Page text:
The New Zealand dollar may rise this week if current optimism that Europe's leaders will fix the region's debt problems is borne out by events.

Five economists and market strategists surveyed by BusinessDesk said the kiwi, which was recently at 80.40 US cents, may trade in a range between 79.20 US cents and 81.50 cents this week, though some said the bottom of the range could be as low at 78.50 cents.

It is expected to trade between 76.80 Australian cents and 78.30 cents, having traded recently at 77.82 cents.

"People have been more comfortable with risk lately but it will only take a headline or two to set it off again," said Alex Sinton, senior dealer at ANZ Bank.


The European Council meeting on October 23 is the main focus of traders. UK chancellor George Osborne said it will clearly be the moment when people expect something quite impressive, while the French finance minister Francois Baroin said it will be a make or break moment.

Imre Speizer, senior market strategist at Westpac, said the kiwi should be higher at least for the initial part of the week on continued optimism about Europe.

At around 81.50 US cents the currency was back at the bottom of the range where it was trading for much of September before it fell on concerns that Europe would not be able to resolve its problems.

"The main source of risk is not going to be kiwi data, people will be watching Europe unfold. By the end of this weekend's meeting we are going to know a lot more," Speizer said.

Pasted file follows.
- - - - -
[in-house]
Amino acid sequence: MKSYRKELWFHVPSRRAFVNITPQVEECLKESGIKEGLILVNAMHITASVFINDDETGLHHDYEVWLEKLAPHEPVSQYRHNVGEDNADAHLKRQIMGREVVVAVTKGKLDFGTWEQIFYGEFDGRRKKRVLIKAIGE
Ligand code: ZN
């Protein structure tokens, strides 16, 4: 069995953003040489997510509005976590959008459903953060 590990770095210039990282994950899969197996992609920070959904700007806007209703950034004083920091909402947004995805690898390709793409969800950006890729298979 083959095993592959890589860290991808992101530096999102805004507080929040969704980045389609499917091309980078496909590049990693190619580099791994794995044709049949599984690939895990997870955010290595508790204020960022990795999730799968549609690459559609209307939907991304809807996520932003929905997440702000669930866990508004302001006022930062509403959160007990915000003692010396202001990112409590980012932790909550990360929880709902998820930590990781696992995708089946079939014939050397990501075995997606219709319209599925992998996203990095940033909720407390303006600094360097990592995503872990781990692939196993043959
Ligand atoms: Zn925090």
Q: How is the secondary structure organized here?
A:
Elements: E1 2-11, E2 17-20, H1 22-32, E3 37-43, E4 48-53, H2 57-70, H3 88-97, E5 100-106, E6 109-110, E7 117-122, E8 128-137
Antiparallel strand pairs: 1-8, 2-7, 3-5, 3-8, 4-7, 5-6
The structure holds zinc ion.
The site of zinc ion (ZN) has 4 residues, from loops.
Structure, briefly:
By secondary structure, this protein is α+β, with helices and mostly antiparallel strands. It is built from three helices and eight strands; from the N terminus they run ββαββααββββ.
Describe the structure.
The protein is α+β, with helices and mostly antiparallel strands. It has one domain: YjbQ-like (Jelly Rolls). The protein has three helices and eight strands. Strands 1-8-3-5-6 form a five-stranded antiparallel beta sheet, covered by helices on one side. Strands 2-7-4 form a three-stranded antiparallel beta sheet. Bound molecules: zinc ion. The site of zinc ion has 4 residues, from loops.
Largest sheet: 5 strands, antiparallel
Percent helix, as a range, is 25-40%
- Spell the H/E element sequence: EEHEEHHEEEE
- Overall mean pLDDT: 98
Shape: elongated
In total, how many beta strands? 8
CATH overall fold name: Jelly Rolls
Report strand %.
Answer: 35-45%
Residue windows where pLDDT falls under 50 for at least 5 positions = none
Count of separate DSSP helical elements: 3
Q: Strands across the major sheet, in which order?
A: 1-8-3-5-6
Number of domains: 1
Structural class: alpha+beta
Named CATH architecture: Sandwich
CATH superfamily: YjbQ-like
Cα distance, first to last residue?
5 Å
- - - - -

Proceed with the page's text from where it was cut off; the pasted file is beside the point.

Once the plan to resolve Europe's problems becomes clear investors will assess how good the execution will be.

Mike Hollows, director of trading at HiFX, said there "is a bit of momentum to this thing."

Speculation that China might be going to underpin Europe also reinforced optimism.

The Sunday Times newspaper reported that China has made a "secret commitment" to prop up the crisis-hit eurozone in return for budget reforms and public sector cuts. The paper said Chinese officials had indicated that Beijing was willing to pump tens of billions into the eurozone to purchase infrastructure assets from debt-plagued nations.


"There are some encouraging signs and a level of confidence that the issues in Europe are being dealt with in a long-term way but while there are some encouraging signs I don't want to get carried away," Hollows said.

How 440 billion euro European Financial Stability Fund will be enhanced, however, is still unclear. The fund's impact could be boosted to 2 trillion euro if the fund only insures a certain amount of losses.

Prices at an online auction of milk powder by Fonterra this week are expected to rise, traders said.

It is a sparse week for local data. New Zealand's service industry expanded for an eighth month in September, with the pace slipping from August, with growth led by new orders.

The BNZ-Business New Zealand performance of service index (PSI) fell 0.6 points from August to 53.2 on a scale where 50 marks the divide between expansion and contraction.

Migration figures for September and the Labour Cost Index for the June quarter are due on Friday.

Investors are also awaiting earnings guidance from IBM on Monday in the US, followed by results from Apple, Coca-Cola and Intel on Tuesday.

Industrial production data is also due on Monday US time followed by producer and consumer inflation on Tuesday and Wednesday, respectively, and weekly jobless claims on Thursday.

BNZ said the focus may shift back to the US with speeches by Federal Reserve governor Ben Bernanke and other Federal Reserve members this week. The Fed's beige book on Wednesday will also be watched.